Back To CourseAccounting 101: Financial Accounting
13 chapters | 124 lessons
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Rebekiah has taught college accounting and has a master's in both management and business.
Hi there! Let me introduce myself. My name is GAAP, and I am an accounting superhero! I bet you wonder why, don't you? If you'll give me a few minutes of your undivided attention, I'll not only explain to you why I'm an accounting superhero, but I'll also give you a brief history of myself. I'll even go so far as to introduce you to some acquaintances of mine - SEC, FASB, and IASB. Are you ready?
First of all, I should tell you that GAAP is actually my nickname. My full name is Generally Accepted Accounting Principles. My name refers to a specific set of guidelines that have been established to help publicly-traded companies create their financial statements. Publicly-traded companies are companies that have made stock in their organization available for sale to the public. Unlike some superheroes that are made up of plutonium and kryptonite, I am made up of 10 basic accounting principles. They are:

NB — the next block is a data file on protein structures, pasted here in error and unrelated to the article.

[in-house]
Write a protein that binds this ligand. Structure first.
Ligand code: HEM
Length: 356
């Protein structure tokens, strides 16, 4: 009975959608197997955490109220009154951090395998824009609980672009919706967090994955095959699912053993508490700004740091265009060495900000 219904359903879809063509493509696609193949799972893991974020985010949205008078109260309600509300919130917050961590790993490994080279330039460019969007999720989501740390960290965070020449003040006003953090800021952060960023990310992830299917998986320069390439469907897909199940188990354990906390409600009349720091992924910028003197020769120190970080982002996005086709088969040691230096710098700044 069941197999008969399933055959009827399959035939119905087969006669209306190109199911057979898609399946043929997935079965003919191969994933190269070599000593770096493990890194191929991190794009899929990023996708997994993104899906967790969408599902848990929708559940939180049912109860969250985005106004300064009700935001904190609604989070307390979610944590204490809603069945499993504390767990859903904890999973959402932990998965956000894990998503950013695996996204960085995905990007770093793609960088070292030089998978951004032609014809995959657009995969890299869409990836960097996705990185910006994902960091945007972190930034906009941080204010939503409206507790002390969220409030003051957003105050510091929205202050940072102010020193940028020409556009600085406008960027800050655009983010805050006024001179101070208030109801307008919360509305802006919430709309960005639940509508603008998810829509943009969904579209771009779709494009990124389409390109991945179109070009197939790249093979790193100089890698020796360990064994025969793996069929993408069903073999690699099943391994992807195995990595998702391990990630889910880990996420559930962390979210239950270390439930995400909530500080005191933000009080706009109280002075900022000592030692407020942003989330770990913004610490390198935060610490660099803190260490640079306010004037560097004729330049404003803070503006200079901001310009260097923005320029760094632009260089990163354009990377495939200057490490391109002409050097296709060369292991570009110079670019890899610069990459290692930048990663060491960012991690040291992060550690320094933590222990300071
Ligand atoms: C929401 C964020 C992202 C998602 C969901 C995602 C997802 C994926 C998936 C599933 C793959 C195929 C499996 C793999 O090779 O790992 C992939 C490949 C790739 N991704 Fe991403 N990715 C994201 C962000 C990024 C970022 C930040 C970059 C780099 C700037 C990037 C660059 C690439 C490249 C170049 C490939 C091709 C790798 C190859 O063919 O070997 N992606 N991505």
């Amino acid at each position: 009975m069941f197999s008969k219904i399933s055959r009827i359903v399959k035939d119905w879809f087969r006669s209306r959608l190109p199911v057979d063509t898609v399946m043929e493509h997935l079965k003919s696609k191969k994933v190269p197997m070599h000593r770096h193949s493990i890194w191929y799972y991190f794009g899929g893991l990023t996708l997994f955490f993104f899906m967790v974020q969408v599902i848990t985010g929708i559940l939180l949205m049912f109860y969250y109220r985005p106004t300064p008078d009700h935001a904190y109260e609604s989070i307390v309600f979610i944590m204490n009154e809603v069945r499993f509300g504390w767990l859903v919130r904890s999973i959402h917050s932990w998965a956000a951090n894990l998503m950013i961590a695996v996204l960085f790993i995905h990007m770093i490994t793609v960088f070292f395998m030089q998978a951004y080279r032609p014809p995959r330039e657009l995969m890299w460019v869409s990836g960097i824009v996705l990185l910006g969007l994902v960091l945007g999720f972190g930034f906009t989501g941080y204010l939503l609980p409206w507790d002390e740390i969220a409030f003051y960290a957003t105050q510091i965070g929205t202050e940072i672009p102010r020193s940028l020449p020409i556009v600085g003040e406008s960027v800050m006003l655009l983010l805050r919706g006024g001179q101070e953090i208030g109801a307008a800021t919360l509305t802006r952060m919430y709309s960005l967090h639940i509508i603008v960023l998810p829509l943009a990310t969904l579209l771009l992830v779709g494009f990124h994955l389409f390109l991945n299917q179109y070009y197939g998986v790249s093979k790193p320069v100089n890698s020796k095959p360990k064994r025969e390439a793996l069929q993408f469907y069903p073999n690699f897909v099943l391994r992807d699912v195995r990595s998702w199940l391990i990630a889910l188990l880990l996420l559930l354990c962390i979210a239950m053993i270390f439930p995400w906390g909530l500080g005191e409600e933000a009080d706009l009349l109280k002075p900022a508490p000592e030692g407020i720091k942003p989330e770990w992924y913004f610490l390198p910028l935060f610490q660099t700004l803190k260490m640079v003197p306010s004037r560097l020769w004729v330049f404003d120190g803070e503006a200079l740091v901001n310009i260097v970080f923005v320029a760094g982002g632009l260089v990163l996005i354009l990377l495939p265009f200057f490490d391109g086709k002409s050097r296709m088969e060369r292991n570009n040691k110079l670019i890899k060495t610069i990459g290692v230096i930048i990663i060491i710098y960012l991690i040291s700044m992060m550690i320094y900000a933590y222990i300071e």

Let's take a minute to look at what each of my parts mean:
The economic entity assumption means that any activities of a business must be kept separate from the activities of the business owner.
The monetary unit assumption means that only activities that can be expressed in dollar amounts can be included in accounting records.
The time period assumption means that business activities can be reported in distinct time intervals. These intervals may be in weeks, months, quarters, or in a fiscal year. Whatever the time period is, it must be identified in the financial statement dates.
The cost principle refers to the historical cost of an item that is reported on the financial statements. Historical cost is the amount of money that was paid for an item when purchased and is not changed to account for inflation.
The full disclosure principle means that all information that is relative to the business be reported either in the content of the financial statements or in the notes to the financial statements.